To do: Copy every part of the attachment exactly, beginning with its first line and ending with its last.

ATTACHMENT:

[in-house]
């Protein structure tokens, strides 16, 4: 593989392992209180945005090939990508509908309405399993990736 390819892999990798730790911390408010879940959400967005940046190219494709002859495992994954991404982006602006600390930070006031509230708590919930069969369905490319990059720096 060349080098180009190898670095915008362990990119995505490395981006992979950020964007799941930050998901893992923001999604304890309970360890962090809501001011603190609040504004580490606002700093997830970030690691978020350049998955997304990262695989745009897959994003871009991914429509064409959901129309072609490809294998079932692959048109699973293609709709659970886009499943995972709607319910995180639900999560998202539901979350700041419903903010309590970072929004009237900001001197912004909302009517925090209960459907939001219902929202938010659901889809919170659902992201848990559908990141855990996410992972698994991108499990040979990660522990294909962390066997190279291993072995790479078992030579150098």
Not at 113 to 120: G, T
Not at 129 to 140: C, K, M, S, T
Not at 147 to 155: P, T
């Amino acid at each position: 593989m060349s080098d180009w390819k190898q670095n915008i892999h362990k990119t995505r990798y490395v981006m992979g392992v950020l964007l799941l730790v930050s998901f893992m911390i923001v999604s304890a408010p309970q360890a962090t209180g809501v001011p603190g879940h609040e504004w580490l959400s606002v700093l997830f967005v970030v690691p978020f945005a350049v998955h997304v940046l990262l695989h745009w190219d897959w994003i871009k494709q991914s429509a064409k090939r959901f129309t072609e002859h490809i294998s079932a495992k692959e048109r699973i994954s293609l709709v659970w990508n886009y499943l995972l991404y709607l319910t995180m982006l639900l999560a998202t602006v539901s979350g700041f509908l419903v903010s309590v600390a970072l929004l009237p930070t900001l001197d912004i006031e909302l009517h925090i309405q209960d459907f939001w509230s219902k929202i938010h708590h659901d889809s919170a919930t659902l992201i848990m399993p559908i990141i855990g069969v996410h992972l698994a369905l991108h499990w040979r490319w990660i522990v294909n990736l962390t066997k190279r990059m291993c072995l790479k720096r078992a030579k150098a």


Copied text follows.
[in-house]
């Protein structure tokens, strides 16, 4: 593989392992209180945005090939990508509908309405399993990736 390819892999990798730790911390408010879940959400967005940046190219494709002859495992994954991404982006602006600390930070006031509230708590919930069969369905490319990059720096 060349080098180009190898670095915008362990990119995505490395981006992979950020964007799941930050998901893992923001999604304890309970360890962090809501001011603190609040504004580490606002700093997830970030690691978020350049998955997304990262695989745009897959994003871009991914429509064409959901129309072609490809294998079932692959048109699973293609709709659970886009499943995972709607319910995180639900999560998202539901979350700041419903903010309590970072929004009237900001001197912004909302009517925090209960459907939001219902929202938010659901889809919170659902992201848990559908990141855990996410992972698994991108499990040979990660522990294909962390066997190279291993072995790479078992030579150098």
Not at 113 to 120: G, T
Not at 129 to 140: C, K, M, S, T
Not at 147 to 155: P, T
């Amino acid at each position: 593989m060349s080098d180009w390819k190898q670095n915008i892999h362990k990119t995505r990798y490395v981006m992979g392992v950020l964007l799941l730790v930050s998901f893992m911390i923001v999604s304890a408010p309970q360890a962090t209180g809501v001011p603190g879940h609040e504004w580490l959400s606002v700093l997830f967005v970030v690691p978020f945005a350049v998955h997304v940046l990262l695989h745009w190219d897959w994003i871009k494709q991914s429509a064409k090939r959901f129309t072609e002859h490809i294998s079932a495992k692959e048109r699973i994954s293609l709709v659970w990508n886009y499943l995972l991404y709607l319910t995180m982006l639900l999560a998202t602006v539901s979350g700041f509908l419903v903010s309590v600390a970072l929004l009237p930070t900001l001197d912004i006031e909302l009517h925090i309405q209960d459907f939001w509230s219902k929202i938010h708590h659901d889809s919170a919930t659902l992201i848990m399993p559908i990141i855990g069969v996410h992972l698994a369905l991108h499990w040979r490319w990660i522990v294909n990736l962390t066997k190279r990059m291993c072995l790479k720096r078992a030579k150098a």